Patterico's Pontifications


The Bob Dole That the Media Remembers

Filed under: General — JVW @ 2:15 pm

[guest post by JVW]

Dana put up a very lovely post earlier this morning about Senator Bob Dole, who died yesterday at the age of 98. Because the Senator loomed large as a political figure in the final quarter of the past century, his death has elicited plenty of obituaries, remembrances, reflections, and memorial about the Kansas war hero. And naturally, the media being the media, they want to use his death to subtly take a poke at the GOP of today. Here, for example, is what Connie Cass and Calvin Woodward of the AP would like us to know about the Dole legacy:

In the Senate, Dole began to see the value of forging alliances with Democrats, and it became a lifelong habit. He teamed with Democrats to uphold civil rights, expand food stamps, shore up Social Security and create the Martin Luther King Jr. federal holiday as well as to pass the Americans with Disabilities Act.

As Senate Finance Committee chairman, Dole won praise for his handling of a 1982 tax bill that raised revenue to ease the budget deficit. Some fellow Republicans were appalled by higher taxes, however. Rep. Newt Gingrich, R-Ga., called him “the tax collector for the welfare state.”

Dole didn’t think much of Gingrich at the time. “He’s just difficult to work with,” he said. “It’s either Newt’s way or the highway. He’s got a lot of ideas. Some of them are good; not many.”

This sentiment is echoed by CNN, the home channel of the disgraced Cuomo brothers, where some twerp called Gregory Krieg takes pains to contrast the late Senator with today’s rambunctious McConnellites, informing us that “The bipartisan outpouring of praise following the death on Sunday of Republican Bob Dole, the longtime Senate leader and former presidential nominee, mourned both a man and a more outwardly collegial era as Republicans drive the country toward another debt ceiling deadline crisis and party leadership downplays dangerous radicalism in its ranks.” Get that? It’s Republicans who are reckless in their partisanship, certainly not the sainted Democrats who, after all, only want what’s best for America, even though that remarkably seems to dovetail perfectly with the interests of untouchable government bureaucrats, academic elites, wealthy trial lawyers, and left-wing advocacy groups.

I have a feeling I would find similar sentiments if I checked the opinionated news coverage from the New York Times, Washington Post, Los Angeles Times, and other mainstream media outlets, but I’m not going to bother to slip past the various firewalls to do so.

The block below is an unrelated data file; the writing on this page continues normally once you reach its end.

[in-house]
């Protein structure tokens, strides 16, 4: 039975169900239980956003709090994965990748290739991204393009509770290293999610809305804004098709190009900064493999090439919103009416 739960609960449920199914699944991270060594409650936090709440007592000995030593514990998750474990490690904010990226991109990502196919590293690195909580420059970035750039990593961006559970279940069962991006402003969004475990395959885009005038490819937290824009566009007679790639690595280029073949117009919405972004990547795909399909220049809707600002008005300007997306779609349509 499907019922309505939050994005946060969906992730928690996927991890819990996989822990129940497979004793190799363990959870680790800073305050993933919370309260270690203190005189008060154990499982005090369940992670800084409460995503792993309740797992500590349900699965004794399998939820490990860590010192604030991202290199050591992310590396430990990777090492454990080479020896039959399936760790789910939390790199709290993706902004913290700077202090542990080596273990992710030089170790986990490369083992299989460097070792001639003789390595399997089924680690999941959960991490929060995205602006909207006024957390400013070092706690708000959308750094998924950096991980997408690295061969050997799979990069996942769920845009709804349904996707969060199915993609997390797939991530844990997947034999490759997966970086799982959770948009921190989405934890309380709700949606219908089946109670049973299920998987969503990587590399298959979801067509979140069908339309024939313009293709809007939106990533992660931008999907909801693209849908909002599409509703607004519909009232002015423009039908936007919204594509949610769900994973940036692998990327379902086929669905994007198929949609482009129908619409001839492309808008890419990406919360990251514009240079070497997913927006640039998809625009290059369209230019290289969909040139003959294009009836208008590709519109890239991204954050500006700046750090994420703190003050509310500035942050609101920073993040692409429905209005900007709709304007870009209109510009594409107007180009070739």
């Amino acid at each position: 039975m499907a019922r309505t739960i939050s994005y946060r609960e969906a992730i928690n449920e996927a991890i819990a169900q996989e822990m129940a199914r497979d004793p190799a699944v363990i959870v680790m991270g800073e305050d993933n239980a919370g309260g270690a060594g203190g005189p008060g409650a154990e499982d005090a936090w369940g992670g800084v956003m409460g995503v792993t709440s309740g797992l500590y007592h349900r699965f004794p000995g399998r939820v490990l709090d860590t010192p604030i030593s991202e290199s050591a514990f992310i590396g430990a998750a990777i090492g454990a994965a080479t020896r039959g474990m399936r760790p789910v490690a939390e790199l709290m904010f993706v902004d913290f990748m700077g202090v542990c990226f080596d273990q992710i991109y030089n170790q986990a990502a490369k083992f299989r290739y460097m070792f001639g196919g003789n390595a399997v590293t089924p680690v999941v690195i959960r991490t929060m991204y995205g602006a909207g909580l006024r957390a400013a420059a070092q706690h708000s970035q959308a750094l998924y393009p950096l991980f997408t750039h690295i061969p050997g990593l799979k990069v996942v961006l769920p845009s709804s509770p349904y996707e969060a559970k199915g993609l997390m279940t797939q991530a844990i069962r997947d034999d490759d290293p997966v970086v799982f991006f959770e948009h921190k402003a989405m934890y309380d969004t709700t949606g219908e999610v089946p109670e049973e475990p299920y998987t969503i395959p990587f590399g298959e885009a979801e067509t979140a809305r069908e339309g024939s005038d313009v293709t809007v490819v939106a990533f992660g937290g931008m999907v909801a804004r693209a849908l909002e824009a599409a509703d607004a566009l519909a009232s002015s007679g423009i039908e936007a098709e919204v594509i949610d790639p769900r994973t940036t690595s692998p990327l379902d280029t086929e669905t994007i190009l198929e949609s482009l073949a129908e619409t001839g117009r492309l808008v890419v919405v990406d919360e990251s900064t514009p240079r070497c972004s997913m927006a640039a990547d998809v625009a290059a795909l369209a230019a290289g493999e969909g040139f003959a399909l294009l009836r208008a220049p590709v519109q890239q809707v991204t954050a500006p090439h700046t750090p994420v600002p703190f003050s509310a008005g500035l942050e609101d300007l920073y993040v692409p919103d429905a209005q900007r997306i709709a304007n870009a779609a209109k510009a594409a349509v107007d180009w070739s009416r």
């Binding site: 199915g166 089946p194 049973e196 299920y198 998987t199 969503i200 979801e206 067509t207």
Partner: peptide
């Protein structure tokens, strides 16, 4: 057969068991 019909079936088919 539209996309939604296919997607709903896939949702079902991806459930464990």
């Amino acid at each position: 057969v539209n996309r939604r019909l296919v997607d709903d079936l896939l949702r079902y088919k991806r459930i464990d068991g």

In the media’s telling, Sen. Dole was at his most heroic when he voted to raise taxes and expand welfare services. They tell us that as Senate Finance Committee chairman he raised taxes in 1982 without mentioning that just one year earlier in that same role he shepherded through the Reagan tax cut package by a 89-11 vote in the Senate, a massive bipartisan success if ever there were one. The AP reporters certainly don’t mention the aftermath of the 1992 election which saw Bill Clinton defeat the incumbent President George H.W. Bush largely by demagoguing the extent of the recession (which had ended several months earlier) and by putting together a tax-and-spending plan that even the New York Times Editorial Board acknowledged did not add up at all. As Mr. Clinton was taking office, Senate Minority Leader Dole warned the incoming President that Republicans would challenge him on his excesses, and indeed the Senator was extremely effective in keeping his party together to filibuster a stimulus package that was no longer necessary and was simply a payoff to Democrat* advocacy groups who had supported the Clinton candidacy. Leader Dole also held together Republicans, with the exception of Sen. John Chaffee of Rhode Island, against the Clinton plan to nationalize healthcare via Hillary Clinton’s bureaucracy-heavy bill. The AP might have mentioned other bipartisan successes during the Dole-Clinton years such as welfare reform, which the President fought kicking-and-screaming until his pollsters informed him that the American public strongly supported it. They could have also told us that President Clinton ended up adopting many sections of the Dole-Kemp tax agenda from the 1996 election, including cuts for small businesses and on capital gains, which passed through Congress and were signed into law by the President in the first year of his second term. But of course in the world of the Democrat media, Bill Clinton single-handedly balanced the budget on his own accord, despite campaigning for reelection on the idea that even attempting to balance the budget would be reckless and foolhardy, and bipartisanship is only when Republicans reluctantly accede to Democrat demands.